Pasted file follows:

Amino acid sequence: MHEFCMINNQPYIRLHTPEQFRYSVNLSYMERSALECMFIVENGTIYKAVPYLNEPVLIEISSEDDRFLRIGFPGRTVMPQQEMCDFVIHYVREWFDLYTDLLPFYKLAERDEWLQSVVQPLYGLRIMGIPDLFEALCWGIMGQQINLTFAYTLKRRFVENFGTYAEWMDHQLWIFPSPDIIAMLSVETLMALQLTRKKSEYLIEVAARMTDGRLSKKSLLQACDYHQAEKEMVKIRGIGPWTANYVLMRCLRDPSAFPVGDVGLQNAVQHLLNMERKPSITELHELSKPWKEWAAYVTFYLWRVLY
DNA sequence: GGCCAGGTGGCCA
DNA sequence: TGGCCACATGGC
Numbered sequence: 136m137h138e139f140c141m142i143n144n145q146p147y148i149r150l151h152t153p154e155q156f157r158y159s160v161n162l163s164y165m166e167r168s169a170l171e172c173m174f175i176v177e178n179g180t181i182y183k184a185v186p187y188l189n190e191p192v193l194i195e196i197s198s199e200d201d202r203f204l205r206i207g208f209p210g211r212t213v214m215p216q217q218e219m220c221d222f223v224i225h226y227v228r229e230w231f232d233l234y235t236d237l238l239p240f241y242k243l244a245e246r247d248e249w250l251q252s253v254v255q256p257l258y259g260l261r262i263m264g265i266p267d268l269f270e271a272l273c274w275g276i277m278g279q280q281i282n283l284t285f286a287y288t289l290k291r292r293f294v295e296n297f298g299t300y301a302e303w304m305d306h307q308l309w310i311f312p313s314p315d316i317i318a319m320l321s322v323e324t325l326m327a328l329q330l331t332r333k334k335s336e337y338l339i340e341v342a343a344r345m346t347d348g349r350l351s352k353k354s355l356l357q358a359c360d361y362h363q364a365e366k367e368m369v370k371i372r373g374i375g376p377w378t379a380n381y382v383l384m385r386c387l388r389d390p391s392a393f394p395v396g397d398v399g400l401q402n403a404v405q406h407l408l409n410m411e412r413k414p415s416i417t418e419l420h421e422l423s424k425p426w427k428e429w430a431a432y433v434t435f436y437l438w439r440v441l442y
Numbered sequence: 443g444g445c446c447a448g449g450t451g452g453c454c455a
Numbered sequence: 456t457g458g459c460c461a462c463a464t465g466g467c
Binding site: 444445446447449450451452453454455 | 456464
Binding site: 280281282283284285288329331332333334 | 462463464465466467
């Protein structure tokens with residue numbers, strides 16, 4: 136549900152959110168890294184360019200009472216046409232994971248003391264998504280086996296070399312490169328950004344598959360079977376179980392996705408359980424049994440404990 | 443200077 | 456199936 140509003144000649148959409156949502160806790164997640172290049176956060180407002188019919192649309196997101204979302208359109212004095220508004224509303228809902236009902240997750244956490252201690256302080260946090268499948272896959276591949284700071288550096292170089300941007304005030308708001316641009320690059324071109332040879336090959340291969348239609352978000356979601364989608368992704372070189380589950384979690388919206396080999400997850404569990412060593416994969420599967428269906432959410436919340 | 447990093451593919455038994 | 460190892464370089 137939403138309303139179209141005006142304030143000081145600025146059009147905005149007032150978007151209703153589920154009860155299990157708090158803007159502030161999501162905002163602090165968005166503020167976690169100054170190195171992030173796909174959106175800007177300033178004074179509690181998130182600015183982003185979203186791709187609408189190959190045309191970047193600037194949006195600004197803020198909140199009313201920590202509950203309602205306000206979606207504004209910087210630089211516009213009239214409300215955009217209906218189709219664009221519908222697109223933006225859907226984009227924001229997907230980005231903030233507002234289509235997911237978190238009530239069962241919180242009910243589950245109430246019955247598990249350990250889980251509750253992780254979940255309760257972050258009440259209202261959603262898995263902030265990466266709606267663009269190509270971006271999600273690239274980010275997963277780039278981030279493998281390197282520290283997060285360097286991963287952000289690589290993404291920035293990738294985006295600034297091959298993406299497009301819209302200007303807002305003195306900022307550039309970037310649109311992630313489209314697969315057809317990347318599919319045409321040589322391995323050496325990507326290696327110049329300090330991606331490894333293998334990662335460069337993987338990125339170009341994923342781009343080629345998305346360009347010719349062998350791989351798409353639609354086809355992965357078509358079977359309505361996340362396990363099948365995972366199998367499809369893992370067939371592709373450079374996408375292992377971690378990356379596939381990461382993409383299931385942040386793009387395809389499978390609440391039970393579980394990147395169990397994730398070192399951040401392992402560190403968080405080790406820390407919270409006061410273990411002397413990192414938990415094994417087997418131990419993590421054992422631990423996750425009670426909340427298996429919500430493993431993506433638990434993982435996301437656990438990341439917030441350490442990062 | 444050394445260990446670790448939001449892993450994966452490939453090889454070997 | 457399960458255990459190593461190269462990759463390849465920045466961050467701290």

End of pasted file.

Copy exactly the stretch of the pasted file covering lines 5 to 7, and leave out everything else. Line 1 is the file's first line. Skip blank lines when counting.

Numbered sequence: 443g444g445c446c447a448g449g450t451g452g453c454c455a
Numbered sequence: 456t457g458g459c460c461a462c463a464t465g466g467c
Binding site: 444445446447449450451452453454455 | 456464